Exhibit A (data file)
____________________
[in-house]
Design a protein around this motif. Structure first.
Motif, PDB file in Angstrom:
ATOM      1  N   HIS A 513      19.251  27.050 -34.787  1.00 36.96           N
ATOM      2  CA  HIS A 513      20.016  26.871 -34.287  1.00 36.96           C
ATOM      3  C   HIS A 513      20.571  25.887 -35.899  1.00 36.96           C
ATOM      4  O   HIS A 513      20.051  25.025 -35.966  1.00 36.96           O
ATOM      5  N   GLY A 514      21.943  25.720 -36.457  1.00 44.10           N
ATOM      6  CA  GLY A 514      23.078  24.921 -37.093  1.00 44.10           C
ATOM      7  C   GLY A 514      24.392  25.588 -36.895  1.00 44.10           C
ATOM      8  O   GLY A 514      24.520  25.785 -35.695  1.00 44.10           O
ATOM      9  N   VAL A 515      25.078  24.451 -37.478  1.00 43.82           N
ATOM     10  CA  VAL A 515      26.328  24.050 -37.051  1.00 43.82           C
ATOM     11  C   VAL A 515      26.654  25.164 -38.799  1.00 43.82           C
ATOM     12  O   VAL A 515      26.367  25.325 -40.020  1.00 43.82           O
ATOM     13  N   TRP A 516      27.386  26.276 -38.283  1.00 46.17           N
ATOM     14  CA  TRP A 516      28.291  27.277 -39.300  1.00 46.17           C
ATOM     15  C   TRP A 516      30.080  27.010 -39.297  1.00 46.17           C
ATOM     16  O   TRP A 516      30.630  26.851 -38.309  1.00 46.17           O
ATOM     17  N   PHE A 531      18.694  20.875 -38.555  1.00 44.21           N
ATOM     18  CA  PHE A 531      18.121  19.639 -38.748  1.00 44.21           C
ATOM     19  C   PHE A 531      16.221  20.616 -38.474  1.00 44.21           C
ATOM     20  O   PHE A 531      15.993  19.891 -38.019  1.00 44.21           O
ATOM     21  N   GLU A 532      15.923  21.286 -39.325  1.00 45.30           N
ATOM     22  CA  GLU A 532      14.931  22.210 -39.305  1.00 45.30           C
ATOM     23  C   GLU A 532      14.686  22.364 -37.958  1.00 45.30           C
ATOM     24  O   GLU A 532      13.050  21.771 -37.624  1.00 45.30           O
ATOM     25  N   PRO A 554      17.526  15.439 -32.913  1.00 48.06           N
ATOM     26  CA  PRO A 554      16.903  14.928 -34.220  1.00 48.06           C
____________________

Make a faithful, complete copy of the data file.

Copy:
[in-house]
Design a protein around this motif. Structure first.
Motif, PDB file in Angstrom:
ATOM      1  N   HIS A 513      19.251  27.050 -34.787  1.00 36.96           N
ATOM      2  CA  HIS A 513      20.016  26.871 -34.287  1.00 36.96           C
ATOM      3  C   HIS A 513      20.571  25.887 -35.899  1.00 36.96           C
ATOM      4  O   HIS A 513      20.051  25.025 -35.966  1.00 36.96           O
ATOM      5  N   GLY A 514      21.943  25.720 -36.457  1.00 44.10           N
ATOM      6  CA  GLY A 514      23.078  24.921 -37.093  1.00 44.10           C
ATOM      7  C   GLY A 514      24.392  25.588 -36.895  1.00 44.10           C
ATOM      8  O   GLY A 514      24.520  25.785 -35.695  1.00 44.10           O
ATOM      9  N   VAL A 515      25.078  24.451 -37.478  1.00 43.82           N
ATOM     10  CA  VAL A 515      26.328  24.050 -37.051  1.00 43.82           C
ATOM     11  C   VAL A 515      26.654  25.164 -38.799  1.00 43.82           C
ATOM     12  O   VAL A 515      26.367  25.325 -40.020  1.00 43.82           O
ATOM     13  N   TRP A 516      27.386  26.276 -38.283  1.00 46.17           N
ATOM     14  CA  TRP A 516      28.291  27.277 -39.300  1.00 46.17           C
ATOM     15  C   TRP A 516      30.080  27.010 -39.297  1.00 46.17           C
ATOM     16  O   TRP A 516      30.630  26.851 -38.309  1.00 46.17           O
ATOM     17  N   PHE A 531      18.694  20.875 -38.555  1.00 44.21           N
ATOM     18  CA  PHE A 531      18.121  19.639 -38.748  1.00 44.21           C
ATOM     19  C   PHE A 531      16.221  20.616 -38.474  1.00 44.21           C
ATOM     20  O   PHE A 531      15.993  19.891 -38.019  1.00 44.21           O
ATOM     21  N   GLU A 532      15.923  21.286 -39.325  1.00 45.30           N
ATOM     22  CA  GLU A 532      14.931  22.210 -39.305  1.00 45.30           C
ATOM     23  C   GLU A 532      14.686  22.364 -37.958  1.00 45.30           C
ATOM     24  O   GLU A 532      13.050  21.771 -37.624  1.00 45.30           O
ATOM     25  N   PRO A 554      17.526  15.439 -32.913  1.00 48.06           N
ATOM     26  CA  PRO A 554      16.903  14.928 -34.220  1.00 48.06           C